It is a marvellous way of keeping warm. Our bodies can turn this heating system on and off, according to the needs of the moment. There is short term regulation via the nervous system and long term adaptation via thyroid hormone. In adults BAT plays a minor role, but if you went to work beyond the arctic circle you could soon switch it all back on again.
Scientists were surprised to discover recently that our bodies contain several other kinds of uncoupling protein UCP2, UCP3 and so forth, that have little to do with heat production. They seem to be associated with tissues that obtain much of their energy from fats, which generate a unique chemical feedstock for the respiratory chain. It appears that when these fat-fuelled mitochondria are only working slowly, they generate toxic hydroxyl and superoxide free radicals from the oxygen delivered in the blood.
This is what SHOULD happen: O2 + 4H+ + 4e- = 2H2O
but if the supply of electrons is inadequate, there is an increased risk of these side reactions:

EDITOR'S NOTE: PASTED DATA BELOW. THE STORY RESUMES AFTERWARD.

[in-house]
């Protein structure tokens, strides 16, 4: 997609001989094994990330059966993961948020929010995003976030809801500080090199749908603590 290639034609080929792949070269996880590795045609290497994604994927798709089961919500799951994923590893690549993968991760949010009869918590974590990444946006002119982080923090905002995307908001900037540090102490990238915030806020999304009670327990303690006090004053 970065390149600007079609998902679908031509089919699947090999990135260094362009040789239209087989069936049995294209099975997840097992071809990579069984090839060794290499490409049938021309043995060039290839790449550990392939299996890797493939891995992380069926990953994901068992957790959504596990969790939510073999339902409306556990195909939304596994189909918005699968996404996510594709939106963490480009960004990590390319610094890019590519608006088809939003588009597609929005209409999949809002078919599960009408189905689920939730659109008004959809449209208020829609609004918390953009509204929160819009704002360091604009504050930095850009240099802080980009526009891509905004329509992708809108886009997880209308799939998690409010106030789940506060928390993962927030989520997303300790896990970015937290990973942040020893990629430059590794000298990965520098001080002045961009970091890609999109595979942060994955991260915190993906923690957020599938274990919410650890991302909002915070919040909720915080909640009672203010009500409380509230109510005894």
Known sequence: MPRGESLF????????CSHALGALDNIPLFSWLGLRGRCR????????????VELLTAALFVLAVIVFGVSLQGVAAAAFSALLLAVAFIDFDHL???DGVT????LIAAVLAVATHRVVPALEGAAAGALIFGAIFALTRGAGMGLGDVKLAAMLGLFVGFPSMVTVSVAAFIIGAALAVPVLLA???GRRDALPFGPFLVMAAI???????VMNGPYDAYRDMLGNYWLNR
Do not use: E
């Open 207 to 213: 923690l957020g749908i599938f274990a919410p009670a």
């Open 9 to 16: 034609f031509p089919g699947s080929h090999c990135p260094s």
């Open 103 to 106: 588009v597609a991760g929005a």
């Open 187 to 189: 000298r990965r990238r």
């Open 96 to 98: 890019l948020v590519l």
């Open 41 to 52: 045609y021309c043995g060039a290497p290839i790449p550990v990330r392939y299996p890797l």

O2 + 3H+ + 3e- = H2O + HO. hydroxyl free radical, unpaired electron but no charge
O2 + e- = O2- superoxide free radical with unpaired electron
Free radicals are extremely dangerous things to have around. They are highly reactive chemically and damage DNA leading to mutations and cancer. They also attack proteins and lipids, destroying their functionality and flooding the cell with toxic by-products.
Fortunately free radical production can be minimised by increasing the overall rate of electron transport via the respiratory chain. This appears to be function of UCP2 and UCP3, and in these proteins we may have stumbled on the first of nature's pollution control systems.
Nowadays there is great interest in nanotechnology, building miniature machines using the construction techniques developed for the silicon chip. These devices however, are not necessarily new, since we find that many of the components like pumps, heaters, batteries, turbines, electric motors, gearwheels, drive shafts and universal joints have already been developed by living organisms. Many of these inventions have been in continuous use for the last two thousand million years.